Thom - I haven't watched Funny Games but don't the people die in it? Wouldn't that be considered transformation? They were alive and then they were dead?

I often wonder about the issue of audience. It certainly has affected the decisions I have made in terms of delivery. So with a web audience I am much more likely to have a flashy beginning. In fact, the piece that I just finished changed dramatically because we felt it wasn't working for the web. It slowly built and revealed that these were indeed gang members and some were convicted killers. But I felt you can't do that with the web where people will just browse onto the next piece. That said, this might be a different definition of audience that is more about venue.

Most changes that I make to my documentaries to accommodate the audience are in fact client driven. So a client says we need our audience to understand that these people are more Christian than this communicates (or something like that.) I guess that's what happens when you create pieces that are supposed to communicate vision instead of reporting / story telling. This is the danger I find in much of the movement towards using documentary in non-profit / church communication. Most of the time our organizational vision doesn't line up with what actually happens so usually we change what happens (or leave out important details.)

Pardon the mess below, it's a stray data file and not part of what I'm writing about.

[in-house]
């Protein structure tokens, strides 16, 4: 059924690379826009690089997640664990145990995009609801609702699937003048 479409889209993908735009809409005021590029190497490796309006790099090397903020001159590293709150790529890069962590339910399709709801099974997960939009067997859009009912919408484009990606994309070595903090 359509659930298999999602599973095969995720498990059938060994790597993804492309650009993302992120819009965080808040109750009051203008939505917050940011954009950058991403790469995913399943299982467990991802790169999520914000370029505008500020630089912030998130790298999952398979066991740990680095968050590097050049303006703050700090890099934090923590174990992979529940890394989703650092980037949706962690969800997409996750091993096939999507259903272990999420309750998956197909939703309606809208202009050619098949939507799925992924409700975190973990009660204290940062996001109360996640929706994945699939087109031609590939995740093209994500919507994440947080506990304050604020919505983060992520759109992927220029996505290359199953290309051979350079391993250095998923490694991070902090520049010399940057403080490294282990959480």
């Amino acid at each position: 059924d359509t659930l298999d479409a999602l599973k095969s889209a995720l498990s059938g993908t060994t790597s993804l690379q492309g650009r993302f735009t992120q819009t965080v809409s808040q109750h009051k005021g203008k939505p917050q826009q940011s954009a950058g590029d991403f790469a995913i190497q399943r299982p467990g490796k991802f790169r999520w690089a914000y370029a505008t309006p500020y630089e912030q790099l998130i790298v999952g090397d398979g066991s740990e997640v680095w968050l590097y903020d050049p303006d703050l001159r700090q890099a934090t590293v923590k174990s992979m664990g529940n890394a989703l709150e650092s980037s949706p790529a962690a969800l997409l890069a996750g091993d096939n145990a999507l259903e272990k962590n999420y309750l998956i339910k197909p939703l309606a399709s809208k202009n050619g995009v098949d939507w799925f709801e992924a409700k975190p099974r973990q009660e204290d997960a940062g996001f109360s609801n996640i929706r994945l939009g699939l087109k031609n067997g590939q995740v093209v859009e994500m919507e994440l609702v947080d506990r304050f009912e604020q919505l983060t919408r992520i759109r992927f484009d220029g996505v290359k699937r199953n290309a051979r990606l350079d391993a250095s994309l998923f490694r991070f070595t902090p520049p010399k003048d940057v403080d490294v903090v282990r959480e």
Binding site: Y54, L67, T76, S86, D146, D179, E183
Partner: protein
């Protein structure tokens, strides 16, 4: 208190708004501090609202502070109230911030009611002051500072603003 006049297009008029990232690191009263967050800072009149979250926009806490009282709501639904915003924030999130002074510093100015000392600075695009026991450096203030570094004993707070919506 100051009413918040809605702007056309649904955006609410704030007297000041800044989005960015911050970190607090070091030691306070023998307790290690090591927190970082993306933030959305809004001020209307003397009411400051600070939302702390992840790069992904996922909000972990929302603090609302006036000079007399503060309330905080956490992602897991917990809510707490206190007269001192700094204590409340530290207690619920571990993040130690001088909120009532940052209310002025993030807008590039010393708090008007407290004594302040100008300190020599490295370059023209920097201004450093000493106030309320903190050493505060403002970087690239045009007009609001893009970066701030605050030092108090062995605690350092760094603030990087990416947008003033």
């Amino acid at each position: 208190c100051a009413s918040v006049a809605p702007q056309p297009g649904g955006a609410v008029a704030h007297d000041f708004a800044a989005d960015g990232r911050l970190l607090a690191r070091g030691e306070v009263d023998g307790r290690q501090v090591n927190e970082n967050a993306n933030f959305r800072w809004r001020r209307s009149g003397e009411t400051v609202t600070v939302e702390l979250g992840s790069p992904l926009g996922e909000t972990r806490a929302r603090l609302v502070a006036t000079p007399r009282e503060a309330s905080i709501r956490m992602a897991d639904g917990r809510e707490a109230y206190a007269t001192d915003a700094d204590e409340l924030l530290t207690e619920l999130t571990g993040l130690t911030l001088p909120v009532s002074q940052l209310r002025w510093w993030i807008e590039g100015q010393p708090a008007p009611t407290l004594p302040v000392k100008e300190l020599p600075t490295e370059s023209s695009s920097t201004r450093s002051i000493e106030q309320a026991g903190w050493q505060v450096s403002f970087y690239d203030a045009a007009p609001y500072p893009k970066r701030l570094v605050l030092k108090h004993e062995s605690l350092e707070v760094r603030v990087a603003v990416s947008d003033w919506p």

In my personal work like Wrestling For Jesus, I find I think very little about the audience. Only in as much as I wonder if the story makes sense.

#7 Thom

Thom

    nothing, nobody, nowhere

  • Member
  • 1,859 posts

Posted 22 June 2010 - 02:42 PM

Yes...well..at least some of them do die but the main characters do not show a transformation. I feel like the death change, or transformation, in Funny Games could be more an emphasis on the fact that the intruders, and the outcome, do not change. Looking at the film through the lens of transformation though, I think we can see a lot of small transformations throughout the film, or at least interpret certain actions as transformations (i.e., changing from concern for one another to intinctive survival).

So, basically, in this conversation when we talk about transformation we are talking about some sort of change and not necessarily a major change or a change to the main characters.

I think dividing the question of audience into two groups clients and personal feels like a good way to think about this subject. And the way you explain it makes perfect sense to do so. It is important to deliver a product to the client that they feel captures and communicates what they intended.

Internet delivery and audience is a whole other ball of wax.